1. Oh my. I had not heard of that but it is not surprising given what I understand about Crossway’s leadership. If true, that is very disappointing news since I have been deeply hoping for an ESV-CE study bible from the Augustine Institute…

      Personally I prefer the RSV-2CE as a translation to the ESV-CE, though. The ESV-CE just seems a little clunky in places where the RSV-2CE is a bit more natural to me. But they really are very similar and I hardly think it would be worth it to switch from one to the other. And if Fr. Fessio’s comment is true it would be all the more reason not to adopt it.

      But I would prefer just about anything to the NAB as a lectionary. Not because I particularly dislike the NAB translation, but because I consider the notes (which appear to be mandatory for publishers to print alongside the text) to often be offensive to pious ears and dangerous to those weak in faith. Churches give bibles with these notes to new converts and young people in faith formation and wonder why they leave the church in droves…

      1. There is no study or survey indicating that the Bible edition used in the liturgy is a significant driver causing Catholics to leave the Church. If we were a Church founded on Sola Scriptura; then Bible Translation would be critical. Perhaps, if from a young age, we formed our young people into the habit of reading/studying the Bible we would stem some of the flow of Catholics to Bible only sects. Instead, we continue to have CCD curriculum that seems to be horribly ineffective. Arguing over Bible Editions and the Biblical sources of the liturgy in the context of the huge problems our Church faces is a little like arguing over how many Angels can fit on the head of a pin. When someone asks me what Bible version they should read and study my first answer is a facetious one. That is; “One that you will read.” Then I have a serious discussion with them regarding what may be a good translation, or translations, or media (Paper or Electronic or both) that might best meet their needs. We often say that our belief system is like a three legged stool: Scripture, Tradition, and Teaching (Magisterium). Unfortunately, our stool is defective as the legs are all of unequal length. I do have hope; as the recent success of the podcast by Father Mike Schmitz using the Great Adventure Bible is great news to me.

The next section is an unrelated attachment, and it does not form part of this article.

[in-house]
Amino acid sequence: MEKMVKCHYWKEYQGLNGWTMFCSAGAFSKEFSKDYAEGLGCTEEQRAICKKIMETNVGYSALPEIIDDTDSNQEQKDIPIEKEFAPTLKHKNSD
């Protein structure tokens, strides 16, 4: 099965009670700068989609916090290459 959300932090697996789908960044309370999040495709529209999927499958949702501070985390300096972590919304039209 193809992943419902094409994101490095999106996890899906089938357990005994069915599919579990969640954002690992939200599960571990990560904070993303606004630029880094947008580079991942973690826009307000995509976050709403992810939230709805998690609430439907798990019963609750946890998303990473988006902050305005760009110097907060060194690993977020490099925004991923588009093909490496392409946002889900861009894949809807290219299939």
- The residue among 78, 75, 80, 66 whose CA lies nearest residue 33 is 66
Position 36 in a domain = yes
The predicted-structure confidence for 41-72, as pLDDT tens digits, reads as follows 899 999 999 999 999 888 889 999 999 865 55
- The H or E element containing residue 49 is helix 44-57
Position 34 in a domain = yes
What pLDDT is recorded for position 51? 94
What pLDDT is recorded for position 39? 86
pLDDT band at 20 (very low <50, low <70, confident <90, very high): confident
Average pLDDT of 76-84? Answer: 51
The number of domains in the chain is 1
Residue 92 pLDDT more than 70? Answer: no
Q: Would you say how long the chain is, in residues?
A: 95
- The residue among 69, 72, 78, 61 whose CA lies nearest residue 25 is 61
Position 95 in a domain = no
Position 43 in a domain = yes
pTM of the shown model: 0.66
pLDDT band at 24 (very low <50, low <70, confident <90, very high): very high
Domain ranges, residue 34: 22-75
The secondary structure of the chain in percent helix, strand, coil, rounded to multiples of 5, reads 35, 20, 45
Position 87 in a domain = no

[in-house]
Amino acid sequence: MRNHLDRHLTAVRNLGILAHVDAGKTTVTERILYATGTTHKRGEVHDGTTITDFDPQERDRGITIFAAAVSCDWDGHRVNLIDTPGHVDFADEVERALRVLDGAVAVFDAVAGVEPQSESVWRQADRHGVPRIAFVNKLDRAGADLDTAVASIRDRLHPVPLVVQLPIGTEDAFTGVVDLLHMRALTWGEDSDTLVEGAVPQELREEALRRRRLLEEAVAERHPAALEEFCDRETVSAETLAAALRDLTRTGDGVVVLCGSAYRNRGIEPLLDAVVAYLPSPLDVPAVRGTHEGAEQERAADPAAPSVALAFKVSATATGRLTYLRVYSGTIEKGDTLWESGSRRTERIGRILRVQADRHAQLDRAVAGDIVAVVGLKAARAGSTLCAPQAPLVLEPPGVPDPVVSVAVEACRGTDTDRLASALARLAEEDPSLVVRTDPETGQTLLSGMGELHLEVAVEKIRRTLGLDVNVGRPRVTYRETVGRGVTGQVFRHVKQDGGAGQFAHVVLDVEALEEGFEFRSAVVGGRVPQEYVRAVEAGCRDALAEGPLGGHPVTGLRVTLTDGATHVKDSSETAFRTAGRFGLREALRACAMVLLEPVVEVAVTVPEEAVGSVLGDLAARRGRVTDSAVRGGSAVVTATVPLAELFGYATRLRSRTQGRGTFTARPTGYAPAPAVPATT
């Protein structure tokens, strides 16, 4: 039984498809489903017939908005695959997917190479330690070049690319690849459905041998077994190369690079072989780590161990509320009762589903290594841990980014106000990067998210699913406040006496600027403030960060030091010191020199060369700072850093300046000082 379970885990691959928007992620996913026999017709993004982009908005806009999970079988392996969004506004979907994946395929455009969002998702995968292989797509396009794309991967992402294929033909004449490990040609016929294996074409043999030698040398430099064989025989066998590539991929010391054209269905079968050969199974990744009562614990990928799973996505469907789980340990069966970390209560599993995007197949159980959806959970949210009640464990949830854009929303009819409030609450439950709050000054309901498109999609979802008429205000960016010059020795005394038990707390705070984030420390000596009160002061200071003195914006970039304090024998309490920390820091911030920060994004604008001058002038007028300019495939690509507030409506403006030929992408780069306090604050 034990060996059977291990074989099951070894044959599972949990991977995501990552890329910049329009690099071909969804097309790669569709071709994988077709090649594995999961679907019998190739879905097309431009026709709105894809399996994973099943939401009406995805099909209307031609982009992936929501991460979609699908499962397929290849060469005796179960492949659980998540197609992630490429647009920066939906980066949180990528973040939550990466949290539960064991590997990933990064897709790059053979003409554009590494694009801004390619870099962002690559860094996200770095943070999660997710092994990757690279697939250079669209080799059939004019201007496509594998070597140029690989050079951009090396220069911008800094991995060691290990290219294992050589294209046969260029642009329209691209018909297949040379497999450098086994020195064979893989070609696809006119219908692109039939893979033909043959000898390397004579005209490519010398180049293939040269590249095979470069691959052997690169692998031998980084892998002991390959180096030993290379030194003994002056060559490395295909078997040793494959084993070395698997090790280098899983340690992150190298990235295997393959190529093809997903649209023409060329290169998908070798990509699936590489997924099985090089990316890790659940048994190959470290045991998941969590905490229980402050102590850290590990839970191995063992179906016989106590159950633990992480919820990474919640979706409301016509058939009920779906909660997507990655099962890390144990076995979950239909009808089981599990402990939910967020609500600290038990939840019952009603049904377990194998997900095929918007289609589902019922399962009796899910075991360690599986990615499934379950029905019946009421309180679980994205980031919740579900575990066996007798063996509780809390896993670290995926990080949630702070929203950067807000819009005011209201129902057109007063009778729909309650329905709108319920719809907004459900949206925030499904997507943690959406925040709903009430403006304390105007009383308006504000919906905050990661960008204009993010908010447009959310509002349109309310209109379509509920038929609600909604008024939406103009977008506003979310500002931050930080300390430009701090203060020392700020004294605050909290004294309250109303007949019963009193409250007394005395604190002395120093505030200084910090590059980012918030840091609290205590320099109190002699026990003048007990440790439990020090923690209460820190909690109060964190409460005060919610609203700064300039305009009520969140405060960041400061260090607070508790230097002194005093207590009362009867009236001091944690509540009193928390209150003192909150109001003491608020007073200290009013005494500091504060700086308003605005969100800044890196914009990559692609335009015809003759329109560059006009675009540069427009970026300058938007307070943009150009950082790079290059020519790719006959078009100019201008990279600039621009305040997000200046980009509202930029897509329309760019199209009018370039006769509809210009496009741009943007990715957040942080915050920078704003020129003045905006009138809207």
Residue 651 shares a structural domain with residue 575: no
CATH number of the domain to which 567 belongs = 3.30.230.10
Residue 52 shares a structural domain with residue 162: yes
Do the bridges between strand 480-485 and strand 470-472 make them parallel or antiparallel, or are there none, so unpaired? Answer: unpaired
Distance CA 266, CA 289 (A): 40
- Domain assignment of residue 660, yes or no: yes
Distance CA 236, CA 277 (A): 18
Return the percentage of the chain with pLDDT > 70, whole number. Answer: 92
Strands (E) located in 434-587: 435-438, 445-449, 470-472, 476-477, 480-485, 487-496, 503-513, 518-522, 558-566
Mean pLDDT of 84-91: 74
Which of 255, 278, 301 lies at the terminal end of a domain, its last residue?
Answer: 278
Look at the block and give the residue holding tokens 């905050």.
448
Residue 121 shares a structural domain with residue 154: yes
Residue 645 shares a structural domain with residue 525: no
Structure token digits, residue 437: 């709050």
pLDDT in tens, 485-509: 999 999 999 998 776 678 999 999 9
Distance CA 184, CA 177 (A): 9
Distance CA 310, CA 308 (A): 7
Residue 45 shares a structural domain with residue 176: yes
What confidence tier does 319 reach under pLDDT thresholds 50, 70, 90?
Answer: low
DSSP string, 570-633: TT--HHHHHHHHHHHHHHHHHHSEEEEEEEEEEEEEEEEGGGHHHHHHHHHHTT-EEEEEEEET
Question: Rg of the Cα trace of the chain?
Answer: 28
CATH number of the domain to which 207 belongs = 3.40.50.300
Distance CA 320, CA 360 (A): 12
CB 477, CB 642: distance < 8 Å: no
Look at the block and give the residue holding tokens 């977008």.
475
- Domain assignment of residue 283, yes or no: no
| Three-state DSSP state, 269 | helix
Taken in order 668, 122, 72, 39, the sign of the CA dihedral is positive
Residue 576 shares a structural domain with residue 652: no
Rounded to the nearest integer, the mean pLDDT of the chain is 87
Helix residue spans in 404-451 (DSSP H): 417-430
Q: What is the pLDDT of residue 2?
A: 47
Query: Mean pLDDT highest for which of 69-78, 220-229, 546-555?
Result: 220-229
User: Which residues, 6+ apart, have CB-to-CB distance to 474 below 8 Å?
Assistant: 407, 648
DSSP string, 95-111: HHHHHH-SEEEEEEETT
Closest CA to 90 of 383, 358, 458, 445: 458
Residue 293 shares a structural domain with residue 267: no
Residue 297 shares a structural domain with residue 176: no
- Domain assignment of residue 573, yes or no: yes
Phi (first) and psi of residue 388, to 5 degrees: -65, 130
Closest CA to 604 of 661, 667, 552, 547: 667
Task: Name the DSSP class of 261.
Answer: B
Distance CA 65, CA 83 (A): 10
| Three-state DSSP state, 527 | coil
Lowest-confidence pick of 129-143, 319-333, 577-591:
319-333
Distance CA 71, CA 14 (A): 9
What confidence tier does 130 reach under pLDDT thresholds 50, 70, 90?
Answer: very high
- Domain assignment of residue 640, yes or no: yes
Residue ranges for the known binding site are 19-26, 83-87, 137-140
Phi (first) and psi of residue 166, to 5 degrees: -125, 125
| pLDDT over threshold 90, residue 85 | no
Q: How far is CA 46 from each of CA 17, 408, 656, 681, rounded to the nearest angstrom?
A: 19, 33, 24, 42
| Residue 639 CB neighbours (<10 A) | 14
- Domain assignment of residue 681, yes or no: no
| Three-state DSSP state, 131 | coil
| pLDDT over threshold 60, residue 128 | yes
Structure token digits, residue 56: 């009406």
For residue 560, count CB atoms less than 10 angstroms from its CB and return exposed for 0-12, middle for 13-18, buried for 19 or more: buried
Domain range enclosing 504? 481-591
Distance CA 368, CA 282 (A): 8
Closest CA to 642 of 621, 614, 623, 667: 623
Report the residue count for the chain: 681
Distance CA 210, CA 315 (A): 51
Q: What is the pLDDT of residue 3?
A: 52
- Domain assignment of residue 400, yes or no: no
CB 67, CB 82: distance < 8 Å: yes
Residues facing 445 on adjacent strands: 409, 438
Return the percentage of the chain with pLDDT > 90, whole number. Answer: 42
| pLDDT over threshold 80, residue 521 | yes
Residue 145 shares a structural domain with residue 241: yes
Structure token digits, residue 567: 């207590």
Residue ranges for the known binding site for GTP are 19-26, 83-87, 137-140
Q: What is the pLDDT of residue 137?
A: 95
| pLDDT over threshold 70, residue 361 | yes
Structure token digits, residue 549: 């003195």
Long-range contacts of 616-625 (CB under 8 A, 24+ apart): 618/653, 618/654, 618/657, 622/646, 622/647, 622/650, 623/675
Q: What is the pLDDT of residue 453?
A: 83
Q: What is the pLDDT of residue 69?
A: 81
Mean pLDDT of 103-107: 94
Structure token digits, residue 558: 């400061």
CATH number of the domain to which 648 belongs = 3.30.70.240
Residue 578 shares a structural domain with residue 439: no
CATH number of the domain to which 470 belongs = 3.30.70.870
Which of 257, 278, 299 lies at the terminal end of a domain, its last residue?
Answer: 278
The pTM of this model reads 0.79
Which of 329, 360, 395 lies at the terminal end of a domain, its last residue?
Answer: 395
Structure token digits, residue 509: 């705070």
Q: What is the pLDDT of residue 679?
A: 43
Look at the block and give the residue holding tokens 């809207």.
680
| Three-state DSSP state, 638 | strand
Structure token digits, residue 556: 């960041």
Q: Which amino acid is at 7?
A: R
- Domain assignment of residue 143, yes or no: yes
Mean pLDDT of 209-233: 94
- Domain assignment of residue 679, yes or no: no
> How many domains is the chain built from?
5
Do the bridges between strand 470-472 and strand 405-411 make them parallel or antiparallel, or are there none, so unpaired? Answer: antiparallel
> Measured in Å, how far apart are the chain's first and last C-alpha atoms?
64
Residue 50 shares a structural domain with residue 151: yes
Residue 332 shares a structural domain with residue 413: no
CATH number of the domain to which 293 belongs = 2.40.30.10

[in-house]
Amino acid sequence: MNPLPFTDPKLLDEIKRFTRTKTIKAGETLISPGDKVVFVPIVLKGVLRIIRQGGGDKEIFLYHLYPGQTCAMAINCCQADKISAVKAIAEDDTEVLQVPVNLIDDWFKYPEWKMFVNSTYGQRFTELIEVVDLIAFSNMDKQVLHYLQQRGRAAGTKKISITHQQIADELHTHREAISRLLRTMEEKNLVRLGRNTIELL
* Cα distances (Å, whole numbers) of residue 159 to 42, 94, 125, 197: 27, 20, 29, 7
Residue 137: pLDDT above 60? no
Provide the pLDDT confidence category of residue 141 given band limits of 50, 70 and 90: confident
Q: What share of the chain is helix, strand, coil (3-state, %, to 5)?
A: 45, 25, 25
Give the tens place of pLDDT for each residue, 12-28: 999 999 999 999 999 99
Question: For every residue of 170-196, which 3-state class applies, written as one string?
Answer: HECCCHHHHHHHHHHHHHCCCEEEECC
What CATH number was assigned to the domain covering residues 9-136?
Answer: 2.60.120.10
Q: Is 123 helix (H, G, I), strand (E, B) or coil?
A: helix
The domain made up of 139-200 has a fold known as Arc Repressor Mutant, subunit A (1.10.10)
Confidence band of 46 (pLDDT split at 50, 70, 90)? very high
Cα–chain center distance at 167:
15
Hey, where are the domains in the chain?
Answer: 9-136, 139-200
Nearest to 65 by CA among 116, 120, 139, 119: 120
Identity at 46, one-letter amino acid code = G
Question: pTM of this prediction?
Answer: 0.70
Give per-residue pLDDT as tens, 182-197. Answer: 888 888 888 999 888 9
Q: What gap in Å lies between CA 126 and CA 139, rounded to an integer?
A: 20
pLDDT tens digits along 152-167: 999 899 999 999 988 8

1. You sound like you are more familiar with the survey results than I am. But when I was given an NAB in RCAA I set out to read the whole thing (including all the notes) cover to cover. I was not very far in before I was thoroughly scandalized. I can imagine I’m not the only one. I think it is absolutely crazy to be giving a bible with those kinds of notes in it to people just starting their faith journey.

          1. I agree 100%. The notes are a scandal. And the text is not beautiful in any way. It is awful. But since the USCCB gets money from this awful translation (and imposes it on the faithful) it will not go away. Honestly, the Good News Bible would be preferred to this terrible translation.

        2. I agree that many of the notes and introductions to the books of the NABRE are not suited for those who want to deepen their faith in God. Their only suited for want to study the Bible in an secular academic setting and not a faith-base church setting.

          The current translation of the NAB-RE is fine, IMHO, though definitely not my favorite. Fortunately, none of the NAB lectionaries include the suspect notes and commentary found in the NAB-RE Bible.

    1. Coming soon! The copy I pre-ordered was delayed in transit (despite choosing the Fedex shipping option), so I haven’t received it yet. I’m excited to see it as soon as it arrives.

    2. The new RSV Quentel w/ Apocrypha & Deuterocanonicals is an exceptionally crafted bible. The finest. Highly recommended.